Japanese show strength in aftermath of the earthquake and tsunami.
Melanie Stetson Freeman/Staff
On a recent trip to Japan, I photographed mostly the physical aftermath of the earthquake and tsunami tragedy: flattened coastlines, carefully separated piles of debris, untouched towns abandoned to radioactivity. But I also experienced things most rarely get to see.
A memorial service for the 5,000 people lost from the city of Ishinomaki was held inside a huge white tent. Every seat was taken. The service was in Japanese, so I couldn't understand what was said, but many times I had to hold back my own tears and would turn away to compose myself.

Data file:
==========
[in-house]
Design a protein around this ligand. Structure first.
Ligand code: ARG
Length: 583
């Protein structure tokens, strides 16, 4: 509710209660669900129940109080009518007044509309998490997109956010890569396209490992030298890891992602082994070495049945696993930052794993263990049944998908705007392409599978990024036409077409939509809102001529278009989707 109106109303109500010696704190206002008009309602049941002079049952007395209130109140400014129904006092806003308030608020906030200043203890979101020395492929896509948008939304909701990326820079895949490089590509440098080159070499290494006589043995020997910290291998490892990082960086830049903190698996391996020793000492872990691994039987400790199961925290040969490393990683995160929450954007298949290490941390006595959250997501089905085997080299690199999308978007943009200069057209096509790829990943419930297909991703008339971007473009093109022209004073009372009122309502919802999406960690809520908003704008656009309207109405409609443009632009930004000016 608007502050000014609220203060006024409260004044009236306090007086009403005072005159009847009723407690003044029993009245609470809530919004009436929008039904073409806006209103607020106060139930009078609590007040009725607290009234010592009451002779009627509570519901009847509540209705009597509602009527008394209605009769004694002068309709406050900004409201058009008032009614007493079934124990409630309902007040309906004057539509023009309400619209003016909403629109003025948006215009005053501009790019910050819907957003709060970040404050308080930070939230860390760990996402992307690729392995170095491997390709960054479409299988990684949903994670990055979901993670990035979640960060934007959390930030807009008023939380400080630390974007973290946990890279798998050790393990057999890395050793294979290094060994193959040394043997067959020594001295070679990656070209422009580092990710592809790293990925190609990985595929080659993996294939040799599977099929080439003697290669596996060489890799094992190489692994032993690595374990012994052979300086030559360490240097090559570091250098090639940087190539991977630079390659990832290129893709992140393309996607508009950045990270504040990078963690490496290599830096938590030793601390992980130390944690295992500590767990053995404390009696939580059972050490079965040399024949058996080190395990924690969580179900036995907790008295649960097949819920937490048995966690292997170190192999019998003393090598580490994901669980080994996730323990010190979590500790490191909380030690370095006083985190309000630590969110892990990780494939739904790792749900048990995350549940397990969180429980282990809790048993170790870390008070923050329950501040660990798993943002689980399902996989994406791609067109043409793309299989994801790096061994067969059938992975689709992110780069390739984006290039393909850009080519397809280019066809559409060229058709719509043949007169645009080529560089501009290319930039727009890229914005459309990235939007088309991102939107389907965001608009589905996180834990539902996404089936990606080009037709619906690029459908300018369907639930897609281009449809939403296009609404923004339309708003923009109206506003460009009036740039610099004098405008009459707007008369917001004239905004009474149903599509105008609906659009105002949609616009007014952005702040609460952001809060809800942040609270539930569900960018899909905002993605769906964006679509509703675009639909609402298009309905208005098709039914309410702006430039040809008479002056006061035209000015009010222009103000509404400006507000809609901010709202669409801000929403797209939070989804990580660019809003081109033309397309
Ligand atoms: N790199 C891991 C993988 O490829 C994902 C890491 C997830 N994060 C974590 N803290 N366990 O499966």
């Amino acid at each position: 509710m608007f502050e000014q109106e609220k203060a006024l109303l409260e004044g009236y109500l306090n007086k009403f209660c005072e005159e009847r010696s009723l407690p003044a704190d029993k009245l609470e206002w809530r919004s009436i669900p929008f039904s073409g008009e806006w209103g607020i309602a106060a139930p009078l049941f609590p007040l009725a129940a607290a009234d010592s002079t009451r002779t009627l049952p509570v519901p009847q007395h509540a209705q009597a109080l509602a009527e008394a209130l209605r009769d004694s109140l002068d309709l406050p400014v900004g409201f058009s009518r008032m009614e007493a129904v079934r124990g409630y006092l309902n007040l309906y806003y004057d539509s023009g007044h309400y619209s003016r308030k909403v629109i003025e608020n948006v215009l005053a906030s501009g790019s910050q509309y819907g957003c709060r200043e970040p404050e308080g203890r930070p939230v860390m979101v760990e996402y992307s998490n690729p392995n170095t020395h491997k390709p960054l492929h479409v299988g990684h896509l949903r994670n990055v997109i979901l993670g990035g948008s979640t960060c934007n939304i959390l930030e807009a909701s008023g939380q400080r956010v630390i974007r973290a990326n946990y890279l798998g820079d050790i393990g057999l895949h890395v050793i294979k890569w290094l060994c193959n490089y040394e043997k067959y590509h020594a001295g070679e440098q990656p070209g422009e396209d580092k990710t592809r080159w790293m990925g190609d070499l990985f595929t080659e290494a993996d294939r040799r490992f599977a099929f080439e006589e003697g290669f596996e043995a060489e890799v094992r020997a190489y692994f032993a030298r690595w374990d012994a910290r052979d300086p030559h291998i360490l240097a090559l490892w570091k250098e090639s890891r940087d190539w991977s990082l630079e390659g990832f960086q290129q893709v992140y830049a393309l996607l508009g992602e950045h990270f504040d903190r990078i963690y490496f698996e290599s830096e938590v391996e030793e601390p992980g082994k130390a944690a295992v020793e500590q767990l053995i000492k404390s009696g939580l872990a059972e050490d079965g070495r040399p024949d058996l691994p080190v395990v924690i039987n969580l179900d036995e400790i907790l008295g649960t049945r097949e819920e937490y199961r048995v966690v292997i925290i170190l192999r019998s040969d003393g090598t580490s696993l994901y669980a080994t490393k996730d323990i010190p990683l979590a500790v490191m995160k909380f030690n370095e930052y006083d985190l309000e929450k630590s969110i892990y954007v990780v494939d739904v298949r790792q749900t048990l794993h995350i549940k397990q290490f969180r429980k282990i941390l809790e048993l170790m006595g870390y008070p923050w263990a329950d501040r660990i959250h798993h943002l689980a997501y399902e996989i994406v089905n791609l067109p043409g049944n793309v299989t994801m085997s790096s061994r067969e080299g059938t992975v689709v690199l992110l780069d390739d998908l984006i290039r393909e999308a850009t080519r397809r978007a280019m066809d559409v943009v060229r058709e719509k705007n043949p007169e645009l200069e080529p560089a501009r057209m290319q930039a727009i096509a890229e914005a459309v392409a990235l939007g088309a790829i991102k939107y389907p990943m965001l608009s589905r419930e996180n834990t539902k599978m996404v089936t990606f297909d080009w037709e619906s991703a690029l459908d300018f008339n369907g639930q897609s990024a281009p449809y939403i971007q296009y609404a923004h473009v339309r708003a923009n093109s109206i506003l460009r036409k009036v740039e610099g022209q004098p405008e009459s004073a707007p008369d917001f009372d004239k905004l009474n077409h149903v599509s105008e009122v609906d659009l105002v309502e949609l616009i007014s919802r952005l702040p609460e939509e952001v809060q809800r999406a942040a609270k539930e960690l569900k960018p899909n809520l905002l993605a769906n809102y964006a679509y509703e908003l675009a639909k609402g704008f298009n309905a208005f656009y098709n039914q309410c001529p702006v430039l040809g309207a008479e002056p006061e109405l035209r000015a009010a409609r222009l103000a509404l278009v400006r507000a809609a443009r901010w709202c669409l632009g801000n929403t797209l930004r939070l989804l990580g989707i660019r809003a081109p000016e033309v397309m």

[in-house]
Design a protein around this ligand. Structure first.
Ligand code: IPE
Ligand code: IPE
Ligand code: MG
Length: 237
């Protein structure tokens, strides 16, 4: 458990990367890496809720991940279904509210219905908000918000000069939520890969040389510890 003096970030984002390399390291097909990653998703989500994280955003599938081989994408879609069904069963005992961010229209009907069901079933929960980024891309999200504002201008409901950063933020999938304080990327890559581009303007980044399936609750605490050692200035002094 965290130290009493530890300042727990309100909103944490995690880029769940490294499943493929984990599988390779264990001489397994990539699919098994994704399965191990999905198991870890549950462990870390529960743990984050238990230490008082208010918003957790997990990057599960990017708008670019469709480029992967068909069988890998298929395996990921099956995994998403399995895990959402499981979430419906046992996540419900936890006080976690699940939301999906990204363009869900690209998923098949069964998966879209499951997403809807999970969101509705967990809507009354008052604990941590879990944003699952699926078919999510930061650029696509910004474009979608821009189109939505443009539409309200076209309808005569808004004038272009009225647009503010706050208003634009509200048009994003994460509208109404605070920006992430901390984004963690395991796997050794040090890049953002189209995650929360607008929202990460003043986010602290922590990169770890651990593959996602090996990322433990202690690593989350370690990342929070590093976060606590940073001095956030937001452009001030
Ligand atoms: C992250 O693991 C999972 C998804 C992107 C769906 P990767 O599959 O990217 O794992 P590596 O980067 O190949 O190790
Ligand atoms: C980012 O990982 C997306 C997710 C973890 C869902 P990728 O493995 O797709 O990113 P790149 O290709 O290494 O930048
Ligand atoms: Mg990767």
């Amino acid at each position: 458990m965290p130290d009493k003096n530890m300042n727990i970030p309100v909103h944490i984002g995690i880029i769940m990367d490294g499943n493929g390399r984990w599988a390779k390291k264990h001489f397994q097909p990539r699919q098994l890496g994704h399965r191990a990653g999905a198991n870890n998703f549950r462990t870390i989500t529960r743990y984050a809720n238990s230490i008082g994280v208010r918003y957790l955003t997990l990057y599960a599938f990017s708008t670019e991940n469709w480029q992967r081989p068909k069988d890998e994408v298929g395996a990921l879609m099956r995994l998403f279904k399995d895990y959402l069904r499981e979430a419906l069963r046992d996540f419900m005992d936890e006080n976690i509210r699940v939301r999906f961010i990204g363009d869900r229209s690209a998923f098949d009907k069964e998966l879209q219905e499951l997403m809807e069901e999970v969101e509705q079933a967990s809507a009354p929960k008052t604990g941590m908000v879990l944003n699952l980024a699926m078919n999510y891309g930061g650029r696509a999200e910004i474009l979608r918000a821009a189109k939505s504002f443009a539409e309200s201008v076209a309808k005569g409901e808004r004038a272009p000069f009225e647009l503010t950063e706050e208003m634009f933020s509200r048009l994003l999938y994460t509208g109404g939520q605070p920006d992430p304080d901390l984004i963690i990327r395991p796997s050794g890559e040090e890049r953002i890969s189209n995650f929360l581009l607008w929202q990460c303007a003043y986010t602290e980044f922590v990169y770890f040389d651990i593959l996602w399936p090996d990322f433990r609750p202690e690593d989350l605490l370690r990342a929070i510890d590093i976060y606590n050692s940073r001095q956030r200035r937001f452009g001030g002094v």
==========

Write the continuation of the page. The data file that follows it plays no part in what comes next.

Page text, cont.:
In Japanese culture, people don't usually cry or hug in public. They remain stoic; they bow. But it was impossible not to feel the emotion at the service.
In the past, Japanese stoicism felt cold to my American sensibilities. Now I only feel respect for their strength and calm in the face of unimaginable tragedy. I am reminded, again, that most cultural differences are only on the surface. Inside, we all feel the same.